Ask Tony Hawk about on-the-job hazards and he’ll start with his emergency-room visits: a broken elbow here, a blown-out knee there, cracked ribs, more sprained ankles and wrists than he can count. “My upper front teeth are fake,” he says. “I broke them out three times.”
Such is the toll on a professional skateboarder who has spent much of his 32 years airborne, flying off ramps on an 8-in.-by-32-in. board with no seat belts. Not that the punishment hasn’t been profitable. His high-risk style has earned him a huge following—and millions of dollars—from endorsements, a clothing and shoe company, two top-selling video games and an autobiography that’s flying off the shelves, “without a doubt Tony Hawk is one of the greatest in the sport,” says Mark Whiteley, editor of tile fan magazine Slap, “He can get his body to do what his brain sees.”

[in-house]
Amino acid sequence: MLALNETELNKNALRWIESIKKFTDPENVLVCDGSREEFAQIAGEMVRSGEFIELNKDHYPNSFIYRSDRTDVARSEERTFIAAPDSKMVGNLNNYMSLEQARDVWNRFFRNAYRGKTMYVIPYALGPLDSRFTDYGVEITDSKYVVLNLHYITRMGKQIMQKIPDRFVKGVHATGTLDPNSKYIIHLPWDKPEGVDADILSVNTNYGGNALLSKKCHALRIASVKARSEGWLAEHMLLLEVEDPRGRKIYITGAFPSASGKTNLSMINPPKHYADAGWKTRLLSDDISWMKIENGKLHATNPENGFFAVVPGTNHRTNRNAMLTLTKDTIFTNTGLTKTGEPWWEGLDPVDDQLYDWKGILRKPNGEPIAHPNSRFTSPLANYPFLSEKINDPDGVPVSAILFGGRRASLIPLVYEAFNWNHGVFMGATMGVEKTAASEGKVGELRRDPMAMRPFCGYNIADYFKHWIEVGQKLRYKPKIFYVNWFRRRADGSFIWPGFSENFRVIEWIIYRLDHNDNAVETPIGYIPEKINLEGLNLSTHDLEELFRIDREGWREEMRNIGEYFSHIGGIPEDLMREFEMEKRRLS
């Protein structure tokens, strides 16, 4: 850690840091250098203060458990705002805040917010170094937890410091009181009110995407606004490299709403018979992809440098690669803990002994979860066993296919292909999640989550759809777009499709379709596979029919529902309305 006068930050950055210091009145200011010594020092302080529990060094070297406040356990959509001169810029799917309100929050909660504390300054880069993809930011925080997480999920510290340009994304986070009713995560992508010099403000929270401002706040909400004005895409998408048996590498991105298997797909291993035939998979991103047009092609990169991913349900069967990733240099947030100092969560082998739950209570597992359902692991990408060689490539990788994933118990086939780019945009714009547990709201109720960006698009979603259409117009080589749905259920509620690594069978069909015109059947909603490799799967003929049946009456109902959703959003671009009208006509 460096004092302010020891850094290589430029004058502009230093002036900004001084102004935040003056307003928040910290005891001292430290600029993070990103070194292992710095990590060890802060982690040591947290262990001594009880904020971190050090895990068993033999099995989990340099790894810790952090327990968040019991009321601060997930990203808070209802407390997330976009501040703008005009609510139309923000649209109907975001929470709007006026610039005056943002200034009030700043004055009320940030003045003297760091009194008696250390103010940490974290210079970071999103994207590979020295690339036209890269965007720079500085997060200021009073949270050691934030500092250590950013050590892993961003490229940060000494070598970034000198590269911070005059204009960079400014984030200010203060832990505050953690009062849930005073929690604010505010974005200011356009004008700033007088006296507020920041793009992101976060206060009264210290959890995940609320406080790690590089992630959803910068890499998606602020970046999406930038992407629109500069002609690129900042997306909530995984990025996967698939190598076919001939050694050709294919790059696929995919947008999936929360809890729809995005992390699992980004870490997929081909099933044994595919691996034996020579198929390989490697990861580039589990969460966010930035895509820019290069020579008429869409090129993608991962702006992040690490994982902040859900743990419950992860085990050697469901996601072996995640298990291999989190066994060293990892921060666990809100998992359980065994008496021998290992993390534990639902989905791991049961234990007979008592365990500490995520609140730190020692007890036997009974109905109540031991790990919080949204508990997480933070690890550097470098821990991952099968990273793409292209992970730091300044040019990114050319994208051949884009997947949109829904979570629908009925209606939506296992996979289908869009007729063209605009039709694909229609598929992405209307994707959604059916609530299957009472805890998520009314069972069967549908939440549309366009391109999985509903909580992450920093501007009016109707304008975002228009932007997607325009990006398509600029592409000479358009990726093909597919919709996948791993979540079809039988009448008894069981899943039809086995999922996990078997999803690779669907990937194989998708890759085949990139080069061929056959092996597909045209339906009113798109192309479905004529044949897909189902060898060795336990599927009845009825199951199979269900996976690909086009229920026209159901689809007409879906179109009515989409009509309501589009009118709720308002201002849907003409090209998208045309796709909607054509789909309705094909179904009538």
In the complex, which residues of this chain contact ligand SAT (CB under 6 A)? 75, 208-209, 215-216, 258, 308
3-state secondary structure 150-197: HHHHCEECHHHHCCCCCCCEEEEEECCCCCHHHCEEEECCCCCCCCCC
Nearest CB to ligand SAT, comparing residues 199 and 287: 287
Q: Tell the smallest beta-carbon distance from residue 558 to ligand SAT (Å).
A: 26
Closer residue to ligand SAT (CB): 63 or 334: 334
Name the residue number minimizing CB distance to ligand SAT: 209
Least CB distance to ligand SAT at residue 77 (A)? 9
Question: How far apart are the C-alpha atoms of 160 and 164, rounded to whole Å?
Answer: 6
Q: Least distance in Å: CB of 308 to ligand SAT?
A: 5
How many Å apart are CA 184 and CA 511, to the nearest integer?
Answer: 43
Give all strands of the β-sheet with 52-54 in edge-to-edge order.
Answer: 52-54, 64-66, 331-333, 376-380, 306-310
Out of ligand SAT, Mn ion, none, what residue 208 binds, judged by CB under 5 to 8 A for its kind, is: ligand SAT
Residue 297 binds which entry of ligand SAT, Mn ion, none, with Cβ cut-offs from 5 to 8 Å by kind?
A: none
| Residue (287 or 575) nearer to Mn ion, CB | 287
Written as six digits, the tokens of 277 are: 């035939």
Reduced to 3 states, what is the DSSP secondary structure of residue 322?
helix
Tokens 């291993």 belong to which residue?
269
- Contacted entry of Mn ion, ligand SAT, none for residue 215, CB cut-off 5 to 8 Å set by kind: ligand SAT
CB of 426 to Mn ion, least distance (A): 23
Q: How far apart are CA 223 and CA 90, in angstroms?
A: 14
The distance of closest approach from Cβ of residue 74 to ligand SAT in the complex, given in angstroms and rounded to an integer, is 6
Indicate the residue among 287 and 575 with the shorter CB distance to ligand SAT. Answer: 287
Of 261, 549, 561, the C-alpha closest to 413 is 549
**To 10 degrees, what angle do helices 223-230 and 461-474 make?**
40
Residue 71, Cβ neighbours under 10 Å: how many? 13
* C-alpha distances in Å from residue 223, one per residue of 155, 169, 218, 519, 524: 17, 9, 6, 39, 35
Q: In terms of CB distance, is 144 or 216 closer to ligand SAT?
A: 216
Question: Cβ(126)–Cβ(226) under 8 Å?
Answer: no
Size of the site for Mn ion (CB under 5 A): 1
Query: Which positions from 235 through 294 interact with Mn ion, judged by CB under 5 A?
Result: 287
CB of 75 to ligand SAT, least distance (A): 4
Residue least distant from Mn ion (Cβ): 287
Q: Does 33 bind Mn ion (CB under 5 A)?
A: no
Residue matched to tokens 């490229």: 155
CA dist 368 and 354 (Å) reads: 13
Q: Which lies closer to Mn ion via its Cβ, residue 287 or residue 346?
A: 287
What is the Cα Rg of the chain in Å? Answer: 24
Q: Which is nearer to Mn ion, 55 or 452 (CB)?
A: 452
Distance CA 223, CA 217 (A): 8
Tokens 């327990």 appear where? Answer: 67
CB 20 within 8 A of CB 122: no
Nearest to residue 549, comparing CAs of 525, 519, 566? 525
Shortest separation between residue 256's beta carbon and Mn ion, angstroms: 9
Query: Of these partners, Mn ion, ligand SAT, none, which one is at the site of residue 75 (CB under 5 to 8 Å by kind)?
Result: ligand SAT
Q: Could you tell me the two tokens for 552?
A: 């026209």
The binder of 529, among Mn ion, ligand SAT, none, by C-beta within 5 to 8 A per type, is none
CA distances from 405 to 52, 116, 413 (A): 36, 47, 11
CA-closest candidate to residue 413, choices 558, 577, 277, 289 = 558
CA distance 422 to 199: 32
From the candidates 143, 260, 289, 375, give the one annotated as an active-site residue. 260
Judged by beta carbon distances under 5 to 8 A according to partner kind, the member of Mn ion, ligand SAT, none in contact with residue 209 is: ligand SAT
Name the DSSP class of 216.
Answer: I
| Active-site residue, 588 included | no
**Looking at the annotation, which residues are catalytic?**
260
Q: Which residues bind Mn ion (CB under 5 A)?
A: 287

That vision came to him first as a hyper 9-year-old in San Diego, where Tony spent hours at the local skate park. “We were really happy he was taking his energy out on that skateboard instead of us,” jokes his widowed mother, Nancy, 75. (His father, retired Navy officer Frank Hawk, died in 1998 at 72.) Hawk was happy too. “It was just all about self-expression,” he says. After earning a high school equivalency degree at 15, he turned pro, leaping to the top of the sport with unprecedented tricks like the 900, which involves three complete revolutions in the air. “I was either going to make it or be carried off the ramp on a stretcher,” he says.
Thanks to the clean-cut Hawk—who lives in a 5,000-sq.-ft. home in Carlsbad, Calif., with wife Erin, 28, a former figure skater, their 19-month-old son Spencer, and Riley, 9, Hawk’s son from his first marriage—his sport isn’t popular these days just with Generation Xtreme. “People are finally recognizing skaters for their skills and dedication,” he says, “as opposed to their daredevil behavior.”